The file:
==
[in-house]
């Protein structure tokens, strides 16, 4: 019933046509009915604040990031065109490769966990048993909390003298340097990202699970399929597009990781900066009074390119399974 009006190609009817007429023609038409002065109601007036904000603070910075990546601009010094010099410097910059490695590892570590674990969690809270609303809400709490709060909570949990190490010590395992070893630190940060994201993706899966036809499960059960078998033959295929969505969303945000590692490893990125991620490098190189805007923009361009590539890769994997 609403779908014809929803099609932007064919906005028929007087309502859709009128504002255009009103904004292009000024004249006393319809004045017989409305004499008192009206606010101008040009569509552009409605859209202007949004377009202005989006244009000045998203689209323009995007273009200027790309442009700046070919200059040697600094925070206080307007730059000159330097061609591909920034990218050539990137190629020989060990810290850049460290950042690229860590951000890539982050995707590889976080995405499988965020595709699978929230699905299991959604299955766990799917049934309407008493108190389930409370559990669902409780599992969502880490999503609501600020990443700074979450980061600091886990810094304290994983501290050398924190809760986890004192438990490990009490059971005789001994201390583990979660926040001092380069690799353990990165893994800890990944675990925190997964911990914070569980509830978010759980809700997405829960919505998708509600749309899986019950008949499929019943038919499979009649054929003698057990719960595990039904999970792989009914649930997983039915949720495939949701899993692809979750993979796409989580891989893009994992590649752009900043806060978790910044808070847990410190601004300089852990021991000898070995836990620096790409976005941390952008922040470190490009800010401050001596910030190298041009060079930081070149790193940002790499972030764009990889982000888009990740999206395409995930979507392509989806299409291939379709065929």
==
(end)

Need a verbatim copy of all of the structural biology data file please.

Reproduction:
[in-house]
């Protein structure tokens, strides 16, 4: 019933046509009915604040990031065109490769966990048993909390003298340097990202699970399929597009990781900066009074390119399974 009006190609009817007429023609038409002065109601007036904000603070910075990546601009010094010099410097910059490695590892570590674990969690809270609303809400709490709060909570949990190490010590395992070893630190940060994201993706899966036809499960059960078998033959295929969505969303945000590692490893990125991620490098190189805007923009361009590539890769994997 609403779908014809929803099609932007064919906005028929007087309502859709009128504002255009009103904004292009000024004249006393319809004045017989409305004499008192009206606010101008040009569509552009409605859209202007949004377009202005989006244009000045998203689209323009995007273009200027790309442009700046070919200059040697600094925070206080307007730059000159330097061609591909920034990218050539990137190629020989060990810290850049460290950042690229860590951000890539982050995707590889976080995405499988965020595709699978929230699905299991959604299955766990799917049934309407008493108190389930409370559990669902409780599992969502880490999503609501600020990443700074979450980061600091886990810094304290994983501290050398924190809760986890004192438990490990009490059971005789001994201390583990979660926040001092380069690799353990990165893994800890990944675990925190997964911990914070569980509830978010759980809700997405829960919505998708509600749309899986019950008949499929019943038919499979009649054929003698057990719960595990039904999970792989009914649930997983039915949720495939949701899993692809979750993979796409989580891989893009994992590649752009900043806060978790910044808070847990410190601004300089852990021991000898070995836990620096790409976005941390952008922040470190490009800010401050001596910030190298041009060079930081070149790193940002790499972030764009990889982000888009990740999206395409995930979507392509989806299409291939379709065929």